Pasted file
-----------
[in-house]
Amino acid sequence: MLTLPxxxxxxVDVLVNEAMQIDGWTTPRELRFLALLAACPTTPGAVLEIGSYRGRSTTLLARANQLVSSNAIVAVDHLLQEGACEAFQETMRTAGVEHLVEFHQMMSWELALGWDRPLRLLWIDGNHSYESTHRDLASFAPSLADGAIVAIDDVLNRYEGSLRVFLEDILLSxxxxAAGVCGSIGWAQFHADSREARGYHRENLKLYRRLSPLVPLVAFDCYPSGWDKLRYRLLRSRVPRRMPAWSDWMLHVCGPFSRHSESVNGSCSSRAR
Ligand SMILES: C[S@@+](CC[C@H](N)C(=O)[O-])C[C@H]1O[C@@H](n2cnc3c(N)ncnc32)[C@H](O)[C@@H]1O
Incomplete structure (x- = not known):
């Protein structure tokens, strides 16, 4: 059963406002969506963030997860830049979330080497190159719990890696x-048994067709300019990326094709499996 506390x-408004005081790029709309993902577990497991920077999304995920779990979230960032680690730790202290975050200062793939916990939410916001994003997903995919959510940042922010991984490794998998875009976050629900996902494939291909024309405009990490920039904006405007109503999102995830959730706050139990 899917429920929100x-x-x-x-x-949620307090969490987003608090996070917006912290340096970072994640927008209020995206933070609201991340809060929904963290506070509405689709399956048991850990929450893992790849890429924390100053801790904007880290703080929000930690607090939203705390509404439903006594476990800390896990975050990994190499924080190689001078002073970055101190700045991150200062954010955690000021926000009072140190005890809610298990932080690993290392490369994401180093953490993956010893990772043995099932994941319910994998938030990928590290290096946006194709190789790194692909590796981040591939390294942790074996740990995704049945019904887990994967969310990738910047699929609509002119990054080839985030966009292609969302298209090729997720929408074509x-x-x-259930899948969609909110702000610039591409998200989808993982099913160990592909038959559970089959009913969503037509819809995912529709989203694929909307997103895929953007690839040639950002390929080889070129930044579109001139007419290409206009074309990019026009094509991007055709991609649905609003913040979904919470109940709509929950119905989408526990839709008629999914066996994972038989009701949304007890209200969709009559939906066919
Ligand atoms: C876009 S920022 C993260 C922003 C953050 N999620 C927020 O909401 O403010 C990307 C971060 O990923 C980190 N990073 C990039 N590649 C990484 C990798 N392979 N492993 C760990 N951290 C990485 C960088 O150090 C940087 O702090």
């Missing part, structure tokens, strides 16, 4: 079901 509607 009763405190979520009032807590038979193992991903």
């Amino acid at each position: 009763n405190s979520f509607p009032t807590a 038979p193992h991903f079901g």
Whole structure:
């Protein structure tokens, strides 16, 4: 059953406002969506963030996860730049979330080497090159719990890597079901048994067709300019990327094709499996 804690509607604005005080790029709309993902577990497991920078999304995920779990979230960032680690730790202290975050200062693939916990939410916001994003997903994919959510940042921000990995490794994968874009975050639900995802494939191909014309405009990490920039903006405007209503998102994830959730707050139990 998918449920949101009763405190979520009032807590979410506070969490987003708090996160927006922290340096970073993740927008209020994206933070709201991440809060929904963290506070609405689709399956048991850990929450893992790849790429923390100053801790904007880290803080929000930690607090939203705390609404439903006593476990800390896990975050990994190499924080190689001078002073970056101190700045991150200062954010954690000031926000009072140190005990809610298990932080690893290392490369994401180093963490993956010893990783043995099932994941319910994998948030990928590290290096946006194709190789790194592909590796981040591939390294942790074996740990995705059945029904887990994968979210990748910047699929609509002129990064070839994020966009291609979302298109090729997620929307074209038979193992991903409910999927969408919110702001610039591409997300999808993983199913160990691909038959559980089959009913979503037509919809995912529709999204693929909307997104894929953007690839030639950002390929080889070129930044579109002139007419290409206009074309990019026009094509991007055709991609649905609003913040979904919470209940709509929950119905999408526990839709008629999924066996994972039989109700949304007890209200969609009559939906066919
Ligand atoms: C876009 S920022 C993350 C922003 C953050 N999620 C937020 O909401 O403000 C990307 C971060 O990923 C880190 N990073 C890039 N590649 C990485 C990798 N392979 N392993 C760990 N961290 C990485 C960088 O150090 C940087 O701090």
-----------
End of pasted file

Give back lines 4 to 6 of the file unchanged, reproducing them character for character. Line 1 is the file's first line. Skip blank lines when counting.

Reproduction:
Incomplete structure (x- = not known):
């Protein structure tokens, strides 16, 4: 059963406002969506963030997860830049979330080497190159719990890696x-048994067709300019990326094709499996 506390x-408004005081790029709309993902577990497991920077999304995920779990979230960032680690730790202290975050200062793939916990939410916001994003997903995919959510940042922010991984490794998998875009976050629900996902494939291909024309405009990490920039904006405007109503999102995830959730706050139990 899917429920929100x-x-x-x-x-949620307090969490987003608090996070917006912290340096970072994640927008209020995206933070609201991340809060929904963290506070509405689709399956048991850990929450893992790849890429924390100053801790904007880290703080929000930690607090939203705390509404439903006594476990800390896990975050990994190499924080190689001078002073970055101190700045991150200062954010955690000021926000009072140190005890809610298990932080690993290392490369994401180093953490993956010893990772043995099932994941319910994998938030990928590290290096946006194709190789790194692909590796981040591939390294942790074996740990995704049945019904887990994967969310990738910047699929609509002119990054080839985030966009292609969302298209090729997720929408074509x-x-x-259930899948969609909110702000610039591409998200989808993982099913160990592909038959559970089959009913969503037509819809995912529709989203694929909307997103895929953007690839040639950002390929080889070129930044579109001139007419290409206009074309990019026009094509991007055709991609649905609003913040979904919470109940709509929950119905989408526990839709008629999914066996994972038989009701949304007890209200969709009559939906066919
Ligand atoms: C876009 S920022 C993260 C922003 C953050 N999620 C927020 O909401 O403010 C990307 C971060 O990923 C980190 N990073 C990039 N590649 C990484 C990798 N392979 N492993 C760990 N951290 C990485 C960088 O150090 C940087 O702090």